Health Care Reform
The trumpets have already sounded, and the fight is on over health care. The warriors are riding toward the battlefield in DC, and they are armed with their powerpoint slides, their position papers, and of course, their checkbooks.
On the one side we have the insurance companies who are not eager to compete for health care customers, and on the other, we have the consumers who are tired of having a wallet-ectomy every time they get sick. Add into the mix more than 90 million uninsured (or underinsured) citizens, and what you have is a recipe for the most jumbled, complex, mess of government regulation and oversight ever in the health care system. Is that good? Of course not!
The problem with the American political system is that every interest group, from the National Fisheries Institute (a trade association "committed to assisting its members to succeed in the global seafood marketplace") to the National Association of Catholic Diocesan *** and Gay Ministries has a lobbyist (and usually more than one) spreading its message and its cash around in large quantities on Capitol Hill. It has been said that if lobbyists could not buy meals for congressmen and their aides, 60 percent or more of the restaurants in the District of Columbia would have to close.
While there are more than a few congressman who won't sell out their political views for a five-star dinner, there are even more who will at least bring these interests groups into the tent and get them involved in the negotiations for the kind of massive government legislation that health care reform is going to have to be.
There are two problems with this approach. Given the amount of clout and the amount of influence the long-established lobbyists for very influential companies and industries have, the ability to craft a universal solution for healthcare gets hijacked by what kinds of changes the automakers need in such a health care plan. Similarly, large organizations of hospitals not only worry from the standpoint of who pays the bills, they recognize that they will be facing the same burdens with providing the same kinds of care for their employees that the national plan is going to involve. With so many voices screaming to be heard on the details, the broad outlines of the reform plan are as fluid as hot olive oil, and likely just as dangerous. And, if everyone gets a hand into the process, you can bet that the process will take so long that nothing will ever happen.
If we are to get health reform, this is what must happen. A small commission of individuals must be developed. The commission would ideally include one representative from a large manufacturing industry (like the automakers), and one representative small businesses who currently pay for the majority of health care in the country. Congress could then name up to three additional representatives to represent the poor and uninsured, and at least one person who's only job was to look out for working people who pay way too much under the current system, and would like a system they can both understand and use. Included in the commission would need to be representatives from the hospitals and the health device makers, as well as one representative from the Pharmaceutical Industry, and one physician. If the number of players could be kept to nine, that would be workable. A non-voting member who is a federal judge would keep the commission on schedule and offer legal analysis if requested.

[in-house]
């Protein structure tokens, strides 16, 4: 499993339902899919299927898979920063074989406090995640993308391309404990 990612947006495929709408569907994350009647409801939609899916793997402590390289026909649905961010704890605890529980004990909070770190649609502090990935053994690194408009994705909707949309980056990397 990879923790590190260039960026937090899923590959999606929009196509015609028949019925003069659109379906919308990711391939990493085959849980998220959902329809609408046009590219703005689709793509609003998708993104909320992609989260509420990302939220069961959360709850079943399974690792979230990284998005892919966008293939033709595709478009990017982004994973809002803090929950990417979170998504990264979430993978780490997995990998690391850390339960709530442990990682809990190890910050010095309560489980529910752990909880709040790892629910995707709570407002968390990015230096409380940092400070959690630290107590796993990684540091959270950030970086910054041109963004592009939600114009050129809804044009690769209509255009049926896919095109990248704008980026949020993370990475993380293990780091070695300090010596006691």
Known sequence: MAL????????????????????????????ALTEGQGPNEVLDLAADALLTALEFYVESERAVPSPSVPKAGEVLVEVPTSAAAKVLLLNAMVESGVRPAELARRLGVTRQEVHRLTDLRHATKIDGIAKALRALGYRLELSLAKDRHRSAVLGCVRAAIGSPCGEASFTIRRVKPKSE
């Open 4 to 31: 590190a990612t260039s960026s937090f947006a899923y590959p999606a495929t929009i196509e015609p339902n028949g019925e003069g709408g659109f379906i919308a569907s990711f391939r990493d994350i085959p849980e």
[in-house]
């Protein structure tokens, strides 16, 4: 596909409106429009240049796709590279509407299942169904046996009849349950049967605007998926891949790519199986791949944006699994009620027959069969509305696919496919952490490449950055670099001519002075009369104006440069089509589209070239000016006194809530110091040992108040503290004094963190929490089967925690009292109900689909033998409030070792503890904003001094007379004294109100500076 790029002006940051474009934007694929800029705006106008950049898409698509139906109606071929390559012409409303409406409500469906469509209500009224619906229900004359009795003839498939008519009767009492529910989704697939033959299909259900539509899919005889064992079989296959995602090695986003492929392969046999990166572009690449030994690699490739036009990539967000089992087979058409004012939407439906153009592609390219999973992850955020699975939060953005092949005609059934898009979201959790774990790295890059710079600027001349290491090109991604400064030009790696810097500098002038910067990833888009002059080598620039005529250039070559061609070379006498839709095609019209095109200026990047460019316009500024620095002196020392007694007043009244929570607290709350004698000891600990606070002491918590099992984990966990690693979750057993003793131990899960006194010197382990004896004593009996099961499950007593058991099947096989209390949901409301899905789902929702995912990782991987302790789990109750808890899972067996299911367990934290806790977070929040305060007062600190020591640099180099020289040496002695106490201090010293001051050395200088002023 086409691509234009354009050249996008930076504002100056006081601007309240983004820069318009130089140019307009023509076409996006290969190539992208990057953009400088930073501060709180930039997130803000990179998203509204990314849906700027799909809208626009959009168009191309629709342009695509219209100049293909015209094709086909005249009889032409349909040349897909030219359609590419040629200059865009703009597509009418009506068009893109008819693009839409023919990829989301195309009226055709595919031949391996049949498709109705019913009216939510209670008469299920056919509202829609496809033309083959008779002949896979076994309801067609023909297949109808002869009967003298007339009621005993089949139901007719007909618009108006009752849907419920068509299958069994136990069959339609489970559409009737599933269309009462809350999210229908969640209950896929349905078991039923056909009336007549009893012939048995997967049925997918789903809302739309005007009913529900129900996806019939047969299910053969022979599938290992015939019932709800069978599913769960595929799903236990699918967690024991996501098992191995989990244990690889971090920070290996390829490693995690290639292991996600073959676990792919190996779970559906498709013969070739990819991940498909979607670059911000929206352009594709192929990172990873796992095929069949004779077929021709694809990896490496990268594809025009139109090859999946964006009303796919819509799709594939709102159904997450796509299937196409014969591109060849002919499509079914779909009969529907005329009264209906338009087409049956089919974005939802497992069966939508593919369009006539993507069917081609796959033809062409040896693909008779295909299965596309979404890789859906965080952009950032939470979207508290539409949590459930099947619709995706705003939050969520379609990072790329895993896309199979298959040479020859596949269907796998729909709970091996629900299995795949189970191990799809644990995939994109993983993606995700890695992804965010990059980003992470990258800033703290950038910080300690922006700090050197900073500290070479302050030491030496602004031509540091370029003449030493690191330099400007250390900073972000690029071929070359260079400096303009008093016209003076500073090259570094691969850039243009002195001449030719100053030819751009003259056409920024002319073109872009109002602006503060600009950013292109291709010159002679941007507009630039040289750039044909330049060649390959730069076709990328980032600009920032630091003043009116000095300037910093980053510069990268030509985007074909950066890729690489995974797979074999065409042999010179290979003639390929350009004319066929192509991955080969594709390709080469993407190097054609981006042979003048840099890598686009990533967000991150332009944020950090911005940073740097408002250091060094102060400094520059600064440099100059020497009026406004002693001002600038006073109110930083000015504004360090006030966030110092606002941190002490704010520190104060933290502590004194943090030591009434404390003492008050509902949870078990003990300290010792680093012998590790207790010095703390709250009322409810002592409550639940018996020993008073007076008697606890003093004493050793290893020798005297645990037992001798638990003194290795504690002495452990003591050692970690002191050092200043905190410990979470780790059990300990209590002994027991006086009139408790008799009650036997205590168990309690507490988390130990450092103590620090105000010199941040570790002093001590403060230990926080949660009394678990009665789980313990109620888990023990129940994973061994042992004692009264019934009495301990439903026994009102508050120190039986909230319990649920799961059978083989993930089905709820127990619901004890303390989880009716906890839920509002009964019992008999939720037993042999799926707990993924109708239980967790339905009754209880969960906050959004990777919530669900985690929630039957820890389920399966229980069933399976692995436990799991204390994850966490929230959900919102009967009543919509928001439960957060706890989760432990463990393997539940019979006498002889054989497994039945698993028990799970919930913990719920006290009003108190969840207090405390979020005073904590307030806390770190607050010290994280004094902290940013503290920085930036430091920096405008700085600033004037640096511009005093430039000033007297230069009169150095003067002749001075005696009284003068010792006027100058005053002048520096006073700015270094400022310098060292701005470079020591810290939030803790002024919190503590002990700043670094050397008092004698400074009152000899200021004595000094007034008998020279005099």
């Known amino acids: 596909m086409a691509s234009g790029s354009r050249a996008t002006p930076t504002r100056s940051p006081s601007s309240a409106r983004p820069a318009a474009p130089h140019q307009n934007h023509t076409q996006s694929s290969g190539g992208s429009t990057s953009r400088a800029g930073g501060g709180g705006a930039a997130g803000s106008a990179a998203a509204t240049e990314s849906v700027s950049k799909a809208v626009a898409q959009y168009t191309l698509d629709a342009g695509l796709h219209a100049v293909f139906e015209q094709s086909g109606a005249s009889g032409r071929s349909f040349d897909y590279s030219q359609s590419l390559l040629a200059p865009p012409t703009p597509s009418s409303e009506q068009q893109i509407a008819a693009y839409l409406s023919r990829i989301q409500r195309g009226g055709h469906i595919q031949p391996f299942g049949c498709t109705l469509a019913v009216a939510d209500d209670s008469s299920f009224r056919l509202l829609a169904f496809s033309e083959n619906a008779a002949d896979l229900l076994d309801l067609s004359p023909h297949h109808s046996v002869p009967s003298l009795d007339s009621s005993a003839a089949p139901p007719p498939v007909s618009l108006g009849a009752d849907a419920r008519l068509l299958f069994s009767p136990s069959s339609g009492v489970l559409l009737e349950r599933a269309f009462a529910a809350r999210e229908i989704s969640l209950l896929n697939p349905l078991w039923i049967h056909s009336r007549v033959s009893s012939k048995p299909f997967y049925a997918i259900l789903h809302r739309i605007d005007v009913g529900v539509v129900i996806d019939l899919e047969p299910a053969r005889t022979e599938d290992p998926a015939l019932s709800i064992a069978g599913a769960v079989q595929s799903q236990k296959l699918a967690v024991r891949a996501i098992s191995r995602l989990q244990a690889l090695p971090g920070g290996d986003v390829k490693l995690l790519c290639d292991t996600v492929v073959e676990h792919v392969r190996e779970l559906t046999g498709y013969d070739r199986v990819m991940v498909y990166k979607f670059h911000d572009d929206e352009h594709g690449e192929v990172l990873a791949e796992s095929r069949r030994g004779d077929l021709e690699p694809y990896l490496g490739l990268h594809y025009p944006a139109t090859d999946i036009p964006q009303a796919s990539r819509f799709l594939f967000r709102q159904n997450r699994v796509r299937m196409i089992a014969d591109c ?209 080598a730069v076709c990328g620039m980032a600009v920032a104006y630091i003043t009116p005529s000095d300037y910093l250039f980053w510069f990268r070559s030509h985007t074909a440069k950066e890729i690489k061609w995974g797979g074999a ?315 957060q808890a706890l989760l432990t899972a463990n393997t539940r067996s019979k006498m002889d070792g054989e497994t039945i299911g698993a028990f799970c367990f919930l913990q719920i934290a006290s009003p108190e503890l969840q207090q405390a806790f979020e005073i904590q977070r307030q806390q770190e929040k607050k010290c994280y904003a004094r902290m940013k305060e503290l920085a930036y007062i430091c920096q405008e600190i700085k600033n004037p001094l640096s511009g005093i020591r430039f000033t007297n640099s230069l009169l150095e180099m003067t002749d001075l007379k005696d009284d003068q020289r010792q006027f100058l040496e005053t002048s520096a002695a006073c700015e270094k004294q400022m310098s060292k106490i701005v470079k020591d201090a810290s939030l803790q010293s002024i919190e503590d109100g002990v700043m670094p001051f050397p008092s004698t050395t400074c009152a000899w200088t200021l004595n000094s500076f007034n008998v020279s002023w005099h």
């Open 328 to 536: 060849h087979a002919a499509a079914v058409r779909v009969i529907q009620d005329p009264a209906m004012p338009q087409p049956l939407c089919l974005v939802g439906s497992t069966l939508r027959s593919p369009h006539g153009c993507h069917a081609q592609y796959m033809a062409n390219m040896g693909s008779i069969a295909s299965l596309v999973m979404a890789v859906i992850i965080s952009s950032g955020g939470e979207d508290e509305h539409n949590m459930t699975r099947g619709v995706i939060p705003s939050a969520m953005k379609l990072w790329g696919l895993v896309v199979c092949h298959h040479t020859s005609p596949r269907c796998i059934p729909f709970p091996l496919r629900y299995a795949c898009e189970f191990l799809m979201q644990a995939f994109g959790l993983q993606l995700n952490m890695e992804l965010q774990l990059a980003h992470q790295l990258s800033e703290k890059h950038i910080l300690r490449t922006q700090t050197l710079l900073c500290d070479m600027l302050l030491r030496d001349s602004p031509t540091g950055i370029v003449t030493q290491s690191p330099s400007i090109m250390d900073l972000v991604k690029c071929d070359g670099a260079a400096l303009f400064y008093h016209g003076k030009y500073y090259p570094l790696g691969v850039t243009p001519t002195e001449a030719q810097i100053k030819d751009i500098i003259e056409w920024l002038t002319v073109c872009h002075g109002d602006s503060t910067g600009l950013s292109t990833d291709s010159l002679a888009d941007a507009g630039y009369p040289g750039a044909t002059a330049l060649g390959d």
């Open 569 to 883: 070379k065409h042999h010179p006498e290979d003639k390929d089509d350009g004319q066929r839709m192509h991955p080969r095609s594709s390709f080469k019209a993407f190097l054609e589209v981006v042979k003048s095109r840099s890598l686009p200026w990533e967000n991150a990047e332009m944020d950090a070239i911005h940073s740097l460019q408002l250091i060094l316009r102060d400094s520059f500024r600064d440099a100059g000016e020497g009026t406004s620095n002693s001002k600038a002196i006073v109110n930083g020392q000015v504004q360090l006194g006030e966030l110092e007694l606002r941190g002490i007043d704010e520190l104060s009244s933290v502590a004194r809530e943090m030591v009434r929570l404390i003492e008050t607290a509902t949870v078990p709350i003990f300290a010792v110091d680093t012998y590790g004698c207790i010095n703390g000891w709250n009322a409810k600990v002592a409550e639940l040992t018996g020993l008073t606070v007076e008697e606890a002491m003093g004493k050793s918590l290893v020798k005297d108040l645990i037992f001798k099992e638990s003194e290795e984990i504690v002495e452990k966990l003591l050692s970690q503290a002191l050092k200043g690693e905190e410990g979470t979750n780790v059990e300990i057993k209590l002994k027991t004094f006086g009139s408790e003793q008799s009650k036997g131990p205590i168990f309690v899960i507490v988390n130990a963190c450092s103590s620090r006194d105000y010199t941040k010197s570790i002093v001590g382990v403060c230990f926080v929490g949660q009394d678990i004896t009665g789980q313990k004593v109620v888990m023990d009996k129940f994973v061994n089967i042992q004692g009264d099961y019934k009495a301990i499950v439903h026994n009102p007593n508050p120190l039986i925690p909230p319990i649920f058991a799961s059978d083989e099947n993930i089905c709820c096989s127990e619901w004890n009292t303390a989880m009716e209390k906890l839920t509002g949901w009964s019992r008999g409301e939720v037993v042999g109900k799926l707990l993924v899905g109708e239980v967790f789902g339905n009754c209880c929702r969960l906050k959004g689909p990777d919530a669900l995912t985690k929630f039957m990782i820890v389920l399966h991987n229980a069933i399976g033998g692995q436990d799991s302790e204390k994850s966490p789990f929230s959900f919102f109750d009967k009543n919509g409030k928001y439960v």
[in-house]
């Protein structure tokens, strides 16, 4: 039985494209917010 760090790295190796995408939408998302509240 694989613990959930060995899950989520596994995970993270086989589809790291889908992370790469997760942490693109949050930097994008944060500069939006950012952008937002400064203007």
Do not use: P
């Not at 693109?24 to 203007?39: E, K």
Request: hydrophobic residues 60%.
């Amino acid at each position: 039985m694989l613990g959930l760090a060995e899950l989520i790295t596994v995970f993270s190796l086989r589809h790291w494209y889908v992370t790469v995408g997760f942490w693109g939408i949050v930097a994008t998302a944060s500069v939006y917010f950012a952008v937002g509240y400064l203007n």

These commission members would have no support staff, and there would be one secretary whose job would be to record the meetings and draft up the recommendations. The commission would meet in an undisclosed location without telephones. Food would be provided, but the commission would be given a short two-week deadline within which to complete its work. No cell phones, no faxes, no emails and no communications with the outside world until the commission came up with a plan that would do the following:
1. Allow the currently uninsured access to quality health care at a rate that was affordable for a working family or single-mother.
2. Allow employees with a current health care plan they liked to keep it; and if the plan was not one of their liking, offer them similar options at different price points. (For example, a 21 year old might not want to have an option for long-term-care insurance, whereas a 58 year old might want such an option and be willing to pay for it.
3. Be fair to all payors in that people who had abused their bodies with drugs, alcohol, or other substances would be required to pay more than those who had not. Similarly, older Americans should pay more for coverage than the young, because they consume more health care.
4. Impose cost reductions and cost savings on the health care industry to reign in price inflation that always outstrips the national average.
5. Leave individual physician autonomy and decision-making unencumbered, but provide incentives for physicians who follow national practice models and who have fewer claims for medical negligence.
Without cutting off the access to the commission details will leak to the press, and those details would cause industry and other lobbyists to pressure commission members to oppose or support propositions that might negatively affect a particular industry, but would be ultimately positive for the country.
It is too bad that this approach isn't going to be advocated or tried, because it could work. The mess that will be made in Washington DC when health care reform takes center stage will more likely resemble the making of sausage than legislation.